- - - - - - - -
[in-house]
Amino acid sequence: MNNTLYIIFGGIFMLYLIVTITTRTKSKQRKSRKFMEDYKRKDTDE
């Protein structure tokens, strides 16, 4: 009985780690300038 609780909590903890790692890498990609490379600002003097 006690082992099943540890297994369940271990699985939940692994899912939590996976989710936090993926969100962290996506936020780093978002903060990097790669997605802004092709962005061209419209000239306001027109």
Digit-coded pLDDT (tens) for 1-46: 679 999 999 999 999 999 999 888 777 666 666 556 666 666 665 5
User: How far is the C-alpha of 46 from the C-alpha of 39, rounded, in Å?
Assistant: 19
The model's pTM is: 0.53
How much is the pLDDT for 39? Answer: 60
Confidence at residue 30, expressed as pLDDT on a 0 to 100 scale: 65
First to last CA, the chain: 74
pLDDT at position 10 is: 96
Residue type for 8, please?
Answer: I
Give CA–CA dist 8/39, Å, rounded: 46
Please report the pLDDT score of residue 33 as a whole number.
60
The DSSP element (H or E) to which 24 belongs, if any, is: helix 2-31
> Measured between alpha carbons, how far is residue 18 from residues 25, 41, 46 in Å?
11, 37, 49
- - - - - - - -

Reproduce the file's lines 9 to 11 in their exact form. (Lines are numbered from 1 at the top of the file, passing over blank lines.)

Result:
Confidence at residue 30, expressed as pLDDT on a 0 to 100 scale: 65
First to last CA, the chain: 74
pLDDT at position 10 is: 96